Goodbye to the National Endowment for the Arts?

Naomi Adiv, Portland State University

Naomi Adiv is Assistant Professor of Urban Studies and Planning at Portland State University. She holds a PhD in Geography from the CUNY Graduate Center (New York City), and a Master’s degree in Community Development at UC-Davis, with a focus on Community Arts.

In the shadow of the truly egregious policies rolled out by the Trump administration in their first year in office (anti-Muslim and anti-immigrant policies, de-staffing the State Department into paralysis, shrinking national monuments, strangling the ACA), and a general tone of chaos surrounding the office of the presidency, a standing threat remains. That is: among other cuts, freezes and gag orders, the administration has vowed to defund the National Endowment for the Arts (NEA), National Endowment for the Humanities (NEH) and the Corporation for Public Broadcasting (CPB). Here, I demonstrate how current political arguments around defunding the NEA are derived from a larger political model of dismantling the state apparatus, and purposely conflate fiscal and symbolic rationales in an attempt to influence cultural policy.

When the plan for cutting federal funding for culture was first announced, defenders of the NEA, NEH and CPB moved quickly, asking concerned Americans to sign this petition, call that office, and so forth. Those who are actively fighting the cuts note how the arts and humanities programs that are supported by these agencies enrich the lives of everyday Americans in rural and urban areas of all fifty states. Furthermore, defenders explain, myriad cultural stalwarts—from public libraries to local orchestras to public radio—are attached to these workhorse agencies, which themselves operate on shoestring budgets. Lately, the smallness of the NEA budget is taken as a unit of currency, as in: this [bomber, bureaucratic measure, security detail] is three times the NEA’s whole annual budget.

Fairly often, the appeal—stop cuts to arts and culture!—includes a graph or pie chart, demonstrating that the NEA receives an infinitesimal percentage of the Federal Budget. The National Assembly of State Arts Agencies (NASAA) reports:

The $146 million budget of the National Endowment for the Arts (NEA) represents just 0.012% (about one one-hundredth of one percent) of federal discretionary spending. The NEA has sustained significant budget reductions. NEA appropriations have declined by $21.5 million (−13%) in the last three federal budgets.

The NASAA goes on to explain that even these meager funds create jobs, stimulate local economies and improve education. Put in these terms, the general argument is that if Americans only knew how valuable these organizations are—and how far-reaching—especially compared to the much bigger wastrels (i.e. Department of Defense or, in recent days, the president’s vacation spending), we would all be up in arms and we would have the good sense to join together to preserve them.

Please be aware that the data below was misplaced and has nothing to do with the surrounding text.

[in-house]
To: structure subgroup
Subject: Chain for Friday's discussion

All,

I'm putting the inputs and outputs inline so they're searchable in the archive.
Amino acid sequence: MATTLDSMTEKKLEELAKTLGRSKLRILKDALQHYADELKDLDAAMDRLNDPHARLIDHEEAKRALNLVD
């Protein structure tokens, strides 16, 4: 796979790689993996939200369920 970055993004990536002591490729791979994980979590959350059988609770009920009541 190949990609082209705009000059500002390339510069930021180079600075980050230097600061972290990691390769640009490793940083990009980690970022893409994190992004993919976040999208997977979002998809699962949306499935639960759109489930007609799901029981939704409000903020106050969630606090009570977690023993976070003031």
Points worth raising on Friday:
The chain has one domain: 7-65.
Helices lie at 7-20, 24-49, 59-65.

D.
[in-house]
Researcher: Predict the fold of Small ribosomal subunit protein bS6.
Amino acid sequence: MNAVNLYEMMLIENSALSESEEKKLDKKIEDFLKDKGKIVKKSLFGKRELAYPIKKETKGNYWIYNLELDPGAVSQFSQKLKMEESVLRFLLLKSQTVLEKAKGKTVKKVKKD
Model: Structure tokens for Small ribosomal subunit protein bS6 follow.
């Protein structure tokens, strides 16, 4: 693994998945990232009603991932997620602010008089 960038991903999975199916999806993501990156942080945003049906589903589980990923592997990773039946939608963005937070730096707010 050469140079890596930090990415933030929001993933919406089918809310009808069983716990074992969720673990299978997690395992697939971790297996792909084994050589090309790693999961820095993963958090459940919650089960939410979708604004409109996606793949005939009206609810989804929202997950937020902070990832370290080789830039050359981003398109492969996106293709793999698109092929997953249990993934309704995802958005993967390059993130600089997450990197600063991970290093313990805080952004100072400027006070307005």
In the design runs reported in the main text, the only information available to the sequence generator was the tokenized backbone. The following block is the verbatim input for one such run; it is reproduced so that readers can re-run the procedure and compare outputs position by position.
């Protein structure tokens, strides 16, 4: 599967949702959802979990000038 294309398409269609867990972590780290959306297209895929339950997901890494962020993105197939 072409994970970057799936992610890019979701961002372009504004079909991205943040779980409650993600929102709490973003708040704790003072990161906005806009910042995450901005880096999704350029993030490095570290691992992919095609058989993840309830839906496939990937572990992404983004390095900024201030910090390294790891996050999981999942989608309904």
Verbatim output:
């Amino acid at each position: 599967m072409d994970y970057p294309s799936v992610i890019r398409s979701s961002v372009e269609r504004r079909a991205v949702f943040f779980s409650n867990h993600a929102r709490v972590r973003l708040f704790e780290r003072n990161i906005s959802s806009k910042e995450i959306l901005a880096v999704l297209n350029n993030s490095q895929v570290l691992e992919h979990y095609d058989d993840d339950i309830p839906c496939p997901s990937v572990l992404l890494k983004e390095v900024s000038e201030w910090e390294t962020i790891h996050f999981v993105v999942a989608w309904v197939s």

Others insist that the cuts are just a political proxy, such as in the case of CultureGRRL (Lee Rosenbaum) at ArtsJournal, who writes:

Unfortunately, whenever there’s a call to prune the budget, the NEA and NEH are low-hanging fruit. They’re worth more for their symbolic value—an expendable expense when politicians want to appear fiscally frugal—than they worth are [sic] for their negligible impact on the government’s gargantuan outlays.

And while I do not disagree with this sentiment, “symbolic value”—that is, symbolizing fiscal prudence—is not, in fact, the only logic under which these cuts are being made.

Indeed, in launching a defense of the NEA (and like organizations) that extols its efficacy as an economic engine, albeit one with deep cultural value, its defenders may be missing an opportunity to directly contest the arguments that the right is making about the NEA. The NEA’s opponents are not simply arguing that the dollars we spend are a bad spending choice; rather, they are revitalizing old culture war tropes, and then hiding behind absolutist claims about limited government. Thus, as artists, academics and community-level cultural workers rush to save these small organizational and funding homes—and, by proxy, their merit on the national stage—we should also consider how we arrived at the current assault.

When the NEA was founded in 1965 under the Johnson administration,[1] with a budget of 2.4 million, the legislation that brought it (and the accompanying National Endowment for the Humanities) into existence stated:

…the practice of art and the study of humanities requires constant dedication and devotion and that, while no government can call a great artist or scholar into existence, it is necessary and appropriate for the federal government to help create and sustain not only a climate encouraging freedom of thought, imagination and inquiry, but also the material conditions facilitating the release of this creative talent.

As an additional part of the charter, the NEA was set up with peer review panels of respected artists to choose grants, “buffering grants from political oversight and emphasizing artistic freedom over democratic accountability” (Lewis and Brooks 2005:9). Monies appropriated by congress to funding the NEA increased throughout the 1960s and 1970s—largely under the leadership of Nancy Hanks—with its projects gaining in scope and prestige.

Figure 1: NEA funding 1966–2016. Source: NEA Annual Reports







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